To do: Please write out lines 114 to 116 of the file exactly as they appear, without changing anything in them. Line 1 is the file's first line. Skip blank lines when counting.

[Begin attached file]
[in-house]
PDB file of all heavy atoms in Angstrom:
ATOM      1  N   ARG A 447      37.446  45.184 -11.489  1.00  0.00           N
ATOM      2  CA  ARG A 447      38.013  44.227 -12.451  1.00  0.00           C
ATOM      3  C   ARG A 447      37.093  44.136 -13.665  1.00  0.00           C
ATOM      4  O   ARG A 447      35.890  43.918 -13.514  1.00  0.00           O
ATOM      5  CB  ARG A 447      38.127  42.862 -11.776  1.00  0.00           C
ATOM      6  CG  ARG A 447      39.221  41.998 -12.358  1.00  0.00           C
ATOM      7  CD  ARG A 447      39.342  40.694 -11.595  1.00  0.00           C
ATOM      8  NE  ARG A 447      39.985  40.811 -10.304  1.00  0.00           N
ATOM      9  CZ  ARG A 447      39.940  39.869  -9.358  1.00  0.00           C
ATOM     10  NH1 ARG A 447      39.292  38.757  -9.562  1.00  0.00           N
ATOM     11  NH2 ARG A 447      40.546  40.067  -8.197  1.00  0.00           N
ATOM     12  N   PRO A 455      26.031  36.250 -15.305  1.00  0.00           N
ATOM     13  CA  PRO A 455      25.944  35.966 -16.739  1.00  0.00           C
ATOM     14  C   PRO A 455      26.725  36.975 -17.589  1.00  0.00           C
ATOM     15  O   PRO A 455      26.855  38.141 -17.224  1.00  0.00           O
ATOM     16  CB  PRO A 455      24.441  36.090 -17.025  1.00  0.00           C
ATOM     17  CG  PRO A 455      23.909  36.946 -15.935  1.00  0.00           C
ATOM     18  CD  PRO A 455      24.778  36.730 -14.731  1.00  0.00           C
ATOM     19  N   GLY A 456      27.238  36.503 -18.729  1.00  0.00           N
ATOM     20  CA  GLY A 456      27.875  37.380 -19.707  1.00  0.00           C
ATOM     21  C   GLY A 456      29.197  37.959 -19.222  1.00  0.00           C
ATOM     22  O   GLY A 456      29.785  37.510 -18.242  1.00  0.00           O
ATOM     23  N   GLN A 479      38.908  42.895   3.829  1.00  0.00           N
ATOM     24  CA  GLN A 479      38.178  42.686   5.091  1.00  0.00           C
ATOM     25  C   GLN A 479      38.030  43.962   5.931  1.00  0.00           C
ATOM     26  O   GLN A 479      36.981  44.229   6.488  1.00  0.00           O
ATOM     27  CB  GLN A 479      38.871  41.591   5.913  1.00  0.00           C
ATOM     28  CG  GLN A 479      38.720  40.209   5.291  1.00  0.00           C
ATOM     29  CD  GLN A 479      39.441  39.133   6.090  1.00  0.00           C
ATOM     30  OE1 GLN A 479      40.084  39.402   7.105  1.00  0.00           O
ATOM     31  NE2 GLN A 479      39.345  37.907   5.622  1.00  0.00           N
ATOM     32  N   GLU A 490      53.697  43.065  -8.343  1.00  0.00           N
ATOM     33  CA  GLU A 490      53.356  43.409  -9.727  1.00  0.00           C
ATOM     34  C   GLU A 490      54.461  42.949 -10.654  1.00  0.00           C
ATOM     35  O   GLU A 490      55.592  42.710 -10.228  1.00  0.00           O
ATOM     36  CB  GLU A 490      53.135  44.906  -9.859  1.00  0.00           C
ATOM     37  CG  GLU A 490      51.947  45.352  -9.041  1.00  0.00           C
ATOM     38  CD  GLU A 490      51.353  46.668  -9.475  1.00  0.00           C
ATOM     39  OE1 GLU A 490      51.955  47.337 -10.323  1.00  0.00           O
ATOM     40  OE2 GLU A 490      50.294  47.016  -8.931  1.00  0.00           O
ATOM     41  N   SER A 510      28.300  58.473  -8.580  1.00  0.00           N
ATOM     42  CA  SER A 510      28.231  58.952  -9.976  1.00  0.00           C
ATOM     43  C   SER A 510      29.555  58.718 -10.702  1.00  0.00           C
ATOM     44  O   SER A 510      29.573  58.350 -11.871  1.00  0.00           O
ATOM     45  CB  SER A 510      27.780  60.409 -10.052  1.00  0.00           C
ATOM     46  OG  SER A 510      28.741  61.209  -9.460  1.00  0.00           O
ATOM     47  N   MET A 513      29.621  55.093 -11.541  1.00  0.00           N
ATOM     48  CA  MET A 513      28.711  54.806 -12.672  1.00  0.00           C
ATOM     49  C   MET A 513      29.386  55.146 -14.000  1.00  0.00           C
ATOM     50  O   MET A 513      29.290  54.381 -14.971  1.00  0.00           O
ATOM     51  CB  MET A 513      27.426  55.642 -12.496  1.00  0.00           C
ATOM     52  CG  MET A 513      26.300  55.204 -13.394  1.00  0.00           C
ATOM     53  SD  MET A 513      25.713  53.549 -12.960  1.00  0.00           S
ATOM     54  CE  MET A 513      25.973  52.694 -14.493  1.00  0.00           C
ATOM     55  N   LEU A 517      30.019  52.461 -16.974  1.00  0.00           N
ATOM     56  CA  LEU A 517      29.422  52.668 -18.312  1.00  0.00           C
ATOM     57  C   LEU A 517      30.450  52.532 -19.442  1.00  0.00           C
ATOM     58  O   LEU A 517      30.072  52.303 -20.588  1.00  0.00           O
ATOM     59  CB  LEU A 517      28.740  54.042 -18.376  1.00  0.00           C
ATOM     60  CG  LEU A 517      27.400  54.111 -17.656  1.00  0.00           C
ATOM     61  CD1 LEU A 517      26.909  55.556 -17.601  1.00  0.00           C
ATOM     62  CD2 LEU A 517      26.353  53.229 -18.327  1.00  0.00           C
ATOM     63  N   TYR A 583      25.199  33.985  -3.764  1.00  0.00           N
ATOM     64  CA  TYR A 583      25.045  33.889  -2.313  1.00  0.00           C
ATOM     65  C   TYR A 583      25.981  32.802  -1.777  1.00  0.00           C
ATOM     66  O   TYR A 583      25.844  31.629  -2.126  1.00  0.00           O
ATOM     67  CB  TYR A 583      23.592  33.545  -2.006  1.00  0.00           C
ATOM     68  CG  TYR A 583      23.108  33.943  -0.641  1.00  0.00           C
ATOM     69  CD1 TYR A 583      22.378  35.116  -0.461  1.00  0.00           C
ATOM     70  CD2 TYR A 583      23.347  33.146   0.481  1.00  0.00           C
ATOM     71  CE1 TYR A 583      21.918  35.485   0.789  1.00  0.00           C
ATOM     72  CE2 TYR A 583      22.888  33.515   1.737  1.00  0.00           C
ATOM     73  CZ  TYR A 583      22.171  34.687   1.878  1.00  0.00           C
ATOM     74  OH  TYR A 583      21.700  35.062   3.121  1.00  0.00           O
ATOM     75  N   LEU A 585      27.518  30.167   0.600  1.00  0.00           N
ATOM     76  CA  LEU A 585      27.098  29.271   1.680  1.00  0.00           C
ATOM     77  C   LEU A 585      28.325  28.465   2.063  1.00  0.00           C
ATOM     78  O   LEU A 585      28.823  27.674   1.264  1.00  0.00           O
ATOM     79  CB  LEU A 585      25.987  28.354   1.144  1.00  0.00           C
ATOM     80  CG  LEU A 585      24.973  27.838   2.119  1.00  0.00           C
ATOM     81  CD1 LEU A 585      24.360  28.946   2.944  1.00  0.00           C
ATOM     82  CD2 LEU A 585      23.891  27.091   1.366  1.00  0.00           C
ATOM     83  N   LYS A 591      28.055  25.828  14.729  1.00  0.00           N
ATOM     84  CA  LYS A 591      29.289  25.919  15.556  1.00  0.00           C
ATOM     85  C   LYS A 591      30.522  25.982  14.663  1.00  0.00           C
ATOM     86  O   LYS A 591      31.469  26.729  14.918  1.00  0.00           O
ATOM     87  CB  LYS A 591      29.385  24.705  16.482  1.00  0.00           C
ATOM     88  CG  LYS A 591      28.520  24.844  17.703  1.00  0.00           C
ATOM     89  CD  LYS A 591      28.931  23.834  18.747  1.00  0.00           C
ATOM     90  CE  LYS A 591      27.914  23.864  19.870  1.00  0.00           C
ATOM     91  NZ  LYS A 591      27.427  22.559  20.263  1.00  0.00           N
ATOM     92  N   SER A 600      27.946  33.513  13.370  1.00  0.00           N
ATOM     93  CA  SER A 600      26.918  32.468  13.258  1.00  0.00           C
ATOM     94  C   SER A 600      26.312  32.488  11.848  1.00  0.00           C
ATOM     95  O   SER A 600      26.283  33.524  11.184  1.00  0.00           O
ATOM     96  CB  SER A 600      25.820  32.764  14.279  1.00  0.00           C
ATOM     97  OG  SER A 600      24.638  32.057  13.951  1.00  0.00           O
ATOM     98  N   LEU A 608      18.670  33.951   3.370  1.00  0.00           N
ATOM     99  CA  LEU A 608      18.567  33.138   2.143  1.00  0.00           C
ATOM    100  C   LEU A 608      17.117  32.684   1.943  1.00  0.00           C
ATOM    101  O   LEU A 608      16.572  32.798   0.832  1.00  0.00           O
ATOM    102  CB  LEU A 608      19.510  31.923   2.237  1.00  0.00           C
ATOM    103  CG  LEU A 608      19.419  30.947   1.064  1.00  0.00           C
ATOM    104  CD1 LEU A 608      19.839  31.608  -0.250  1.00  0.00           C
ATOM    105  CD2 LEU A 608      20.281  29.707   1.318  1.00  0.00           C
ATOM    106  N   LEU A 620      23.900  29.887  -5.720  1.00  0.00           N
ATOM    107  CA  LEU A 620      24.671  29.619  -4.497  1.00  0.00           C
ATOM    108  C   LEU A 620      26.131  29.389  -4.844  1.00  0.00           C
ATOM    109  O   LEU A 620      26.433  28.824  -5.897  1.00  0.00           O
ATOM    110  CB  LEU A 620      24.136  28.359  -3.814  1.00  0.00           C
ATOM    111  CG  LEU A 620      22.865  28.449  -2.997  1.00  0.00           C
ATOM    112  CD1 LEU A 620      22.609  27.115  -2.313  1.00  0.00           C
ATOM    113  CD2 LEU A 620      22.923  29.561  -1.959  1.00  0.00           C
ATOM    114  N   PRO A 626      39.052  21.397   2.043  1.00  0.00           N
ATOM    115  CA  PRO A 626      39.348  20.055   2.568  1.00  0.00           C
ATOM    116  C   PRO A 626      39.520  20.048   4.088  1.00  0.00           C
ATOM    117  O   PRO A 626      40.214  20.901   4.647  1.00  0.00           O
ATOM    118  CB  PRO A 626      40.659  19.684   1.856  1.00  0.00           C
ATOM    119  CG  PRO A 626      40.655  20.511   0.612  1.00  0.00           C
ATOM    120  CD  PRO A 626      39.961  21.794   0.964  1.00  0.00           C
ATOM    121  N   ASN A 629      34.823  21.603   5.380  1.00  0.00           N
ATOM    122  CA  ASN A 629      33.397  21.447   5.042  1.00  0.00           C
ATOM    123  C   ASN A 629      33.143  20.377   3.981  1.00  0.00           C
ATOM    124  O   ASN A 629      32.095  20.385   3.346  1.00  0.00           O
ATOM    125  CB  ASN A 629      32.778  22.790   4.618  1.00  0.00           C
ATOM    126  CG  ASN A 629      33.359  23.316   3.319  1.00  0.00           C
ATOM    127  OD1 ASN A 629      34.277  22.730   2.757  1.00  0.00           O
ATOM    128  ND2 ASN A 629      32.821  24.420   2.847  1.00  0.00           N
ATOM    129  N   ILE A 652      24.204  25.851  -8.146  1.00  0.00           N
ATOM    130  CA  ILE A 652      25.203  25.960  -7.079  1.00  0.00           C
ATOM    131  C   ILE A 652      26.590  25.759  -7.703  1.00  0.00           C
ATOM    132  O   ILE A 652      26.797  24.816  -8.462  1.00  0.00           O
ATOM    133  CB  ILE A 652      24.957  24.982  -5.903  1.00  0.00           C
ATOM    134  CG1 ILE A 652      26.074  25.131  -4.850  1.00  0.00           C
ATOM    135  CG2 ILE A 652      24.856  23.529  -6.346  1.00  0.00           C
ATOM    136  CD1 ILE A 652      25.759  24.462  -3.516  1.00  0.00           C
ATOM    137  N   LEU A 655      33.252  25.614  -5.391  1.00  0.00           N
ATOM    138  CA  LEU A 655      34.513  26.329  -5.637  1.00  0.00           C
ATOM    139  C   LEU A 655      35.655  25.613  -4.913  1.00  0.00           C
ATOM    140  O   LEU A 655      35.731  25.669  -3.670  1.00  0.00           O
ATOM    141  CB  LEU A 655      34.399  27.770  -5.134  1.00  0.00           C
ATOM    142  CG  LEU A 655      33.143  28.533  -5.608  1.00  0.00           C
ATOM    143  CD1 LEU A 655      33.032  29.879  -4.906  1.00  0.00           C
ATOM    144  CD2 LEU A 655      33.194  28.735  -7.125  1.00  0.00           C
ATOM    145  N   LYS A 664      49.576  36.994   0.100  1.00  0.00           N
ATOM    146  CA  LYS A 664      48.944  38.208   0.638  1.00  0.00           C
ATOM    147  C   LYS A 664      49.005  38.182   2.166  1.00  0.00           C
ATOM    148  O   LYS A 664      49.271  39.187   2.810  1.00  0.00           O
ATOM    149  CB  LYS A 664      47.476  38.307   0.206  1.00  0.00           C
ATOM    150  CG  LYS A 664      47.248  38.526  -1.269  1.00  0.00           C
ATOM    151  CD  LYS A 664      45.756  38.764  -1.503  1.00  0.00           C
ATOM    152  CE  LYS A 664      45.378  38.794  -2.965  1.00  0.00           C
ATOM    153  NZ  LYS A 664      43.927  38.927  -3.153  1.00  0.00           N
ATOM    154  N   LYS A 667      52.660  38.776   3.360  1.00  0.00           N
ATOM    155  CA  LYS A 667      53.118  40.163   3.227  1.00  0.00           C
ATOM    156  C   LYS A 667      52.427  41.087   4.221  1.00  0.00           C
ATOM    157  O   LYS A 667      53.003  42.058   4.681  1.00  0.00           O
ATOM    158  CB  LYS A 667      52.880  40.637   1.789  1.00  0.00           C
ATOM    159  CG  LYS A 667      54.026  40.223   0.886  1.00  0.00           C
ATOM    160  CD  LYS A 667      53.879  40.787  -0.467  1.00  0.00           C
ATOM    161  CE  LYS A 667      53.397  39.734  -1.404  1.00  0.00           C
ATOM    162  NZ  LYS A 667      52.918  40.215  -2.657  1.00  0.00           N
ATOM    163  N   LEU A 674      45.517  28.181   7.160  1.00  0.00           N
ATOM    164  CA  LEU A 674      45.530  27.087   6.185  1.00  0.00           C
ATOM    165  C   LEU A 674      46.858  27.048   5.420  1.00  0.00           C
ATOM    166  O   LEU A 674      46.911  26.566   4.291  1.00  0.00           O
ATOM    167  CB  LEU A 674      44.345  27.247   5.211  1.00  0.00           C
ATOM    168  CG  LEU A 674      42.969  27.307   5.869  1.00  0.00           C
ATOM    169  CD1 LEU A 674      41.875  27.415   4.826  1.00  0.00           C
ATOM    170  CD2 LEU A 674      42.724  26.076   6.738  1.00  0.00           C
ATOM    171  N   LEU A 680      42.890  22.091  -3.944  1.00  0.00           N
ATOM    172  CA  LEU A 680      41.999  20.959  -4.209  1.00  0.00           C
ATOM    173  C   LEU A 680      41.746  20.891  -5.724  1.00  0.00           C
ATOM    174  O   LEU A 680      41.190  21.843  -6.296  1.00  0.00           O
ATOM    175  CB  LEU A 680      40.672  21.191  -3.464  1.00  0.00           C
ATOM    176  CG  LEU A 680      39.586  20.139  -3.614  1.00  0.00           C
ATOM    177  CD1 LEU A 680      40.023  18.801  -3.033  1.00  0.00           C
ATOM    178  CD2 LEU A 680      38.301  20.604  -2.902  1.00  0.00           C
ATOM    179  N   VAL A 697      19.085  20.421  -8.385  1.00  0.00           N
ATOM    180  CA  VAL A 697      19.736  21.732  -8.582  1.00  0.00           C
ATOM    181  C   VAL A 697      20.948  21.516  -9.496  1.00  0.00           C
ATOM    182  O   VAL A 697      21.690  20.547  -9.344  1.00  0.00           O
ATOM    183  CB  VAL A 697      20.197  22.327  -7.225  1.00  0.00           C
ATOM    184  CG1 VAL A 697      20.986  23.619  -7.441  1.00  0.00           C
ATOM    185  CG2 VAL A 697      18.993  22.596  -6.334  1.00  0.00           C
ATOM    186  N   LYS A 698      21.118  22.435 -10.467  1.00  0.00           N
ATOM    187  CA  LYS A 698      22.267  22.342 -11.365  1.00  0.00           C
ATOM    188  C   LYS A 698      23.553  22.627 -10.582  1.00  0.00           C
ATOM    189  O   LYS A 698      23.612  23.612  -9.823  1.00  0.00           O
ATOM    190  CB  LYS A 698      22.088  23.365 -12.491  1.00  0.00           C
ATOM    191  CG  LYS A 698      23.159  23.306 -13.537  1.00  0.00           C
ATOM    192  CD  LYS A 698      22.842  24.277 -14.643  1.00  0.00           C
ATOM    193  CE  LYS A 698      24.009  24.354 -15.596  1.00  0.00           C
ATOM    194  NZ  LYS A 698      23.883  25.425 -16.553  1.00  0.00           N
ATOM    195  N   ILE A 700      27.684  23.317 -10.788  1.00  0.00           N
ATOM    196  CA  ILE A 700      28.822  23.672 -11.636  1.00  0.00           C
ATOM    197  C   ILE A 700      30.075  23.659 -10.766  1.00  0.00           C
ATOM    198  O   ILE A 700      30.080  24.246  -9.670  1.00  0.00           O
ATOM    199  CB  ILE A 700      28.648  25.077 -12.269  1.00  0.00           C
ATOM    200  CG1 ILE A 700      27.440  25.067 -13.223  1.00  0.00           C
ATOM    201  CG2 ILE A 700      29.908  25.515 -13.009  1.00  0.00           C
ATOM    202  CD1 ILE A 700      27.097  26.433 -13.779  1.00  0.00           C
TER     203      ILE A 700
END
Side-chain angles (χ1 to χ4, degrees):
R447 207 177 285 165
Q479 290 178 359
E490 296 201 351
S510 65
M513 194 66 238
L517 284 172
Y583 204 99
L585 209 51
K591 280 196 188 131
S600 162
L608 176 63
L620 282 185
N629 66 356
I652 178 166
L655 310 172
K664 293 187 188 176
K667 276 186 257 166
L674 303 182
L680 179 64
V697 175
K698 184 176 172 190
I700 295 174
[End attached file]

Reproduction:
ATOM    112  CD1 LEU A 620      22.609  27.115  -2.313  1.00  0.00           C
ATOM    113  CD2 LEU A 620      22.923  29.561  -1.959  1.00  0.00           C
ATOM    114  N   PRO A 626      39.052  21.397   2.043  1.00  0.00           N